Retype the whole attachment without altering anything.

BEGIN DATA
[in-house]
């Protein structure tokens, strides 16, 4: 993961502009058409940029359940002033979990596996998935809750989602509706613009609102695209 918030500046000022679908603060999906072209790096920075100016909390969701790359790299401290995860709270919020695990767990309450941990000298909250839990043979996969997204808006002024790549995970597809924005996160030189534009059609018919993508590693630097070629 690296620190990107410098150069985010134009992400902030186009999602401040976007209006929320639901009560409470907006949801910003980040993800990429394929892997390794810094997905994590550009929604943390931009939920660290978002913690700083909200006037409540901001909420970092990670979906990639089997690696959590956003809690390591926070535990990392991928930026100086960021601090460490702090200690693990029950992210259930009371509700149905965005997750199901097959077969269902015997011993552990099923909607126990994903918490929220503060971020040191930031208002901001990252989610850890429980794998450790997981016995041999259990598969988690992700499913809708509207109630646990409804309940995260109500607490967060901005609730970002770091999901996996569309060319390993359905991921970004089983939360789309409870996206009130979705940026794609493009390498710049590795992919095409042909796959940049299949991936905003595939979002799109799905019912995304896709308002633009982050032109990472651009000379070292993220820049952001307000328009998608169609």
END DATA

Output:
[in-house]
């Protein structure tokens, strides 16, 4: 993961502009058409940029359940002033979990596996998935809750989602509706613009609102695209 918030500046000022679908603060999906072209790096920075100016909390969701790359790299401290995860709270919020695990767990309450941990000298909250839990043979996969997204808006002024790549995970597809924005996160030189534009059609018919993508590693630097070629 690296620190990107410098150069985010134009992400902030186009999602401040976007209006929320639901009560409470907006949801910003980040993800990429394929892997390794810094997905994590550009929604943390931009939920660290978002913690700083909200006037409540901001909420970092990670979906990639089997690696959590956003809690390591926070535990990392991928930026100086960021601090460490702090200690693990029950992210259930009371509700149905965005997750199901097959077969269902015997011993552990099923909607126990994903918490929220503060971020040191930031208002901001990252989610850890429980794998450790997981016995041999259990598969988690992700499913809708509207109630646990409804309940995260109500607490967060901005609730970002770091999901996996569309060319390993359905991921970004089983939360789309409870996206009130979705940026794609493009390498710049590795992919095409042909796959940049299949991936905003595939979002799109799905019912995304896709308002633009982050032109990472651009000379070292993220820049952001307000328009998608169609």